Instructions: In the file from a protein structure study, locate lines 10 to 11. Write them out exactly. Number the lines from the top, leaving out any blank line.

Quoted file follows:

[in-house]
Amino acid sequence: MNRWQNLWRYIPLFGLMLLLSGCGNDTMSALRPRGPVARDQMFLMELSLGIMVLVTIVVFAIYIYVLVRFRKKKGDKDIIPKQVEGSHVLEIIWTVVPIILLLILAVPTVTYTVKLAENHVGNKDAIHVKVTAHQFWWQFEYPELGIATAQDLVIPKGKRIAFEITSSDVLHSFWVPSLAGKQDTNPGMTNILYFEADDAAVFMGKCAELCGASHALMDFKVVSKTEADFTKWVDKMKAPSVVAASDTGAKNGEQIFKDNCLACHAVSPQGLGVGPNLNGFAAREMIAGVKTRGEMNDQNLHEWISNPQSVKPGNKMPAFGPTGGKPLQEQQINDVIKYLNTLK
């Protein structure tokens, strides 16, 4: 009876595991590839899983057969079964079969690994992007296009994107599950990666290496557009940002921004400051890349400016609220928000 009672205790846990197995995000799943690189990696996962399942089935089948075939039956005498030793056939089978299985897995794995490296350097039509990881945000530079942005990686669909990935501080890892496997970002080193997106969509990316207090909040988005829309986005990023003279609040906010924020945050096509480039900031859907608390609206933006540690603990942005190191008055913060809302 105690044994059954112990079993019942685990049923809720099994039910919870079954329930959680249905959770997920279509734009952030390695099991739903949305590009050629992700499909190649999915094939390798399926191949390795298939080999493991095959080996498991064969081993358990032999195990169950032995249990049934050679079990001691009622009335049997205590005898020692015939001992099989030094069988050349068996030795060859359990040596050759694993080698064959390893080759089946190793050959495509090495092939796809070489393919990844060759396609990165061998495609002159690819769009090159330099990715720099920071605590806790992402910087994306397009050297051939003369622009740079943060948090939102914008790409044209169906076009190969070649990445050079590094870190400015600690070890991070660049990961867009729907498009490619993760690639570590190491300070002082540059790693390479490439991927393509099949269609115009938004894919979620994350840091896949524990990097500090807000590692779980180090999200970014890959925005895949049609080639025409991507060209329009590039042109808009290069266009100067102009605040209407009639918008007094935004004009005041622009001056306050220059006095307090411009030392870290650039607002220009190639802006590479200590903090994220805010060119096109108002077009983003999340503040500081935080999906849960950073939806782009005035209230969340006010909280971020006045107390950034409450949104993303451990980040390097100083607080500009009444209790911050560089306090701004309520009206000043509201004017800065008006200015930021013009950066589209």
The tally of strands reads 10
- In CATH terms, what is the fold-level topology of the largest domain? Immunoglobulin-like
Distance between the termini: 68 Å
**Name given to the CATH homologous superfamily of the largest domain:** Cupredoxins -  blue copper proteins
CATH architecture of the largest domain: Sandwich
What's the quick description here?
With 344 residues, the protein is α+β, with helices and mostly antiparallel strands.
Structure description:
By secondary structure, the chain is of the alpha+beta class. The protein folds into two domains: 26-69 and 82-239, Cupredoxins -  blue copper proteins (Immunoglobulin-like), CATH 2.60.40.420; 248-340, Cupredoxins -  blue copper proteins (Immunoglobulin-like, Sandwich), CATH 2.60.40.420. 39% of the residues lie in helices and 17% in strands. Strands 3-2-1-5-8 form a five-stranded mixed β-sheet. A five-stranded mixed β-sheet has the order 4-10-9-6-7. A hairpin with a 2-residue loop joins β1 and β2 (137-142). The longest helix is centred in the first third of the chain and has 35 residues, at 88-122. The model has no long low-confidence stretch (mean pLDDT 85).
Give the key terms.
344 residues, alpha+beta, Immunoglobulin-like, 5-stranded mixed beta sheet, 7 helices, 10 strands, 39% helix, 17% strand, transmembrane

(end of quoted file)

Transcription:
With 344 residues, the protein is α+β, with helices and mostly antiparallel strands.
Structure description: